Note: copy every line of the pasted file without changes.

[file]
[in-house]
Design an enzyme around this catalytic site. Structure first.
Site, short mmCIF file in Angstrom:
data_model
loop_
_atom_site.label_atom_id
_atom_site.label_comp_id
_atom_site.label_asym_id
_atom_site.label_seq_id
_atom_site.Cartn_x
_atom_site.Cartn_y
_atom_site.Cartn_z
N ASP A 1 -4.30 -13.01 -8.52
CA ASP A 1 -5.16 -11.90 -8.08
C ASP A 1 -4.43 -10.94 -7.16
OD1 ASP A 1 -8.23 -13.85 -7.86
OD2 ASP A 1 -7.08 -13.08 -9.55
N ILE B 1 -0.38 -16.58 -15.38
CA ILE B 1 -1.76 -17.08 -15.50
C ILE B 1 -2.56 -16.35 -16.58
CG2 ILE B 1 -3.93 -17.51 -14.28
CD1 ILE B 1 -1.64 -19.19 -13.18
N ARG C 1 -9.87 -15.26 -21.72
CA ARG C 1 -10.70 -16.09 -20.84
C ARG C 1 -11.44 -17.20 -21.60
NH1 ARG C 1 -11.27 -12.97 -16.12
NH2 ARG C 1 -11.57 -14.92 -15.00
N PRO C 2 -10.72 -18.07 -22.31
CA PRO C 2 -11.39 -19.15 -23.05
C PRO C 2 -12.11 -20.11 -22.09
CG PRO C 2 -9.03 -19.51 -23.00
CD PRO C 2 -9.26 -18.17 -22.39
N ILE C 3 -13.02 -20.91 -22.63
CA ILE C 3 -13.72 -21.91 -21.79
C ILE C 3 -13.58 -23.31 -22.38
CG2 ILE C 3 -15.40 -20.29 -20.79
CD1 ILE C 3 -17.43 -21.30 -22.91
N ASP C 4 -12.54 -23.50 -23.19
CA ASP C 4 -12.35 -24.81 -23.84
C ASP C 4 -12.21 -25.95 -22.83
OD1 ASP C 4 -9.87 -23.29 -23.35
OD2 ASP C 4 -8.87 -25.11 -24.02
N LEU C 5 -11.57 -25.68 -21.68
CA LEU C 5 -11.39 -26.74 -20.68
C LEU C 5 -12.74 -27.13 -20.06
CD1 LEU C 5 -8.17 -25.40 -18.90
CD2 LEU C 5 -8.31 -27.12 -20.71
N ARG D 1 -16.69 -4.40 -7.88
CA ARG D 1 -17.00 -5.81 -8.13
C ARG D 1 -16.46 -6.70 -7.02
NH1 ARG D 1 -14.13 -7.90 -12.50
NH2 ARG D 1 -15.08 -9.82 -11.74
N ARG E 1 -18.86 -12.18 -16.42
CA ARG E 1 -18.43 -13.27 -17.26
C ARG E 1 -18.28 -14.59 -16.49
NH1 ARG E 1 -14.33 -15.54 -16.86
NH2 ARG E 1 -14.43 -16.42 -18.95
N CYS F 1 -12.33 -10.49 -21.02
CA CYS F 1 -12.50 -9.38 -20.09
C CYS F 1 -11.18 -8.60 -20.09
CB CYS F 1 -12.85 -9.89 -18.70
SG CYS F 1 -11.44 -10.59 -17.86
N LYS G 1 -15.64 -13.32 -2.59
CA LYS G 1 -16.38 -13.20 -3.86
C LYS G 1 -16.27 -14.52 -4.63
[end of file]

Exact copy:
[in-house]
Design an enzyme around this catalytic site. Structure first.
Site, short mmCIF file in Angstrom:
data_model
loop_
_atom_site.label_atom_id
_atom_site.label_comp_id
_atom_site.label_asym_id
_atom_site.label_seq_id
_atom_site.Cartn_x
_atom_site.Cartn_y
_atom_site.Cartn_z
N ASP A 1 -4.30 -13.01 -8.52
CA ASP A 1 -5.16 -11.90 -8.08
C ASP A 1 -4.43 -10.94 -7.16
OD1 ASP A 1 -8.23 -13.85 -7.86
OD2 ASP A 1 -7.08 -13.08 -9.55
N ILE B 1 -0.38 -16.58 -15.38
CA ILE B 1 -1.76 -17.08 -15.50
C ILE B 1 -2.56 -16.35 -16.58
CG2 ILE B 1 -3.93 -17.51 -14.28
CD1 ILE B 1 -1.64 -19.19 -13.18
N ARG C 1 -9.87 -15.26 -21.72
CA ARG C 1 -10.70 -16.09 -20.84
C ARG C 1 -11.44 -17.20 -21.60
NH1 ARG C 1 -11.27 -12.97 -16.12
NH2 ARG C 1 -11.57 -14.92 -15.00
N PRO C 2 -10.72 -18.07 -22.31
CA PRO C 2 -11.39 -19.15 -23.05
C PRO C 2 -12.11 -20.11 -22.09
CG PRO C 2 -9.03 -19.51 -23.00
CD PRO C 2 -9.26 -18.17 -22.39
N ILE C 3 -13.02 -20.91 -22.63
CA ILE C 3 -13.72 -21.91 -21.79
C ILE C 3 -13.58 -23.31 -22.38
CG2 ILE C 3 -15.40 -20.29 -20.79
CD1 ILE C 3 -17.43 -21.30 -22.91
N ASP C 4 -12.54 -23.50 -23.19
CA ASP C 4 -12.35 -24.81 -23.84
C ASP C 4 -12.21 -25.95 -22.83
OD1 ASP C 4 -9.87 -23.29 -23.35
OD2 ASP C 4 -8.87 -25.11 -24.02
N LEU C 5 -11.57 -25.68 -21.68
CA LEU C 5 -11.39 -26.74 -20.68
C LEU C 5 -12.74 -27.13 -20.06
CD1 LEU C 5 -8.17 -25.40 -18.90
CD2 LEU C 5 -8.31 -27.12 -20.71
N ARG D 1 -16.69 -4.40 -7.88
CA ARG D 1 -17.00 -5.81 -8.13
C ARG D 1 -16.46 -6.70 -7.02
NH1 ARG D 1 -14.13 -7.90 -12.50
NH2 ARG D 1 -15.08 -9.82 -11.74
N ARG E 1 -18.86 -12.18 -16.42
CA ARG E 1 -18.43 -13.27 -17.26
C ARG E 1 -18.28 -14.59 -16.49
NH1 ARG E 1 -14.33 -15.54 -16.86
NH2 ARG E 1 -14.43 -16.42 -18.95
N CYS F 1 -12.33 -10.49 -21.02
CA CYS F 1 -12.50 -9.38 -20.09
C CYS F 1 -11.18 -8.60 -20.09
CB CYS F 1 -12.85 -9.89 -18.70
SG CYS F 1 -11.44 -10.59 -17.86
N LYS G 1 -15.64 -13.32 -2.59
CA LYS G 1 -16.38 -13.20 -3.86
C LYS G 1 -16.27 -14.52 -4.63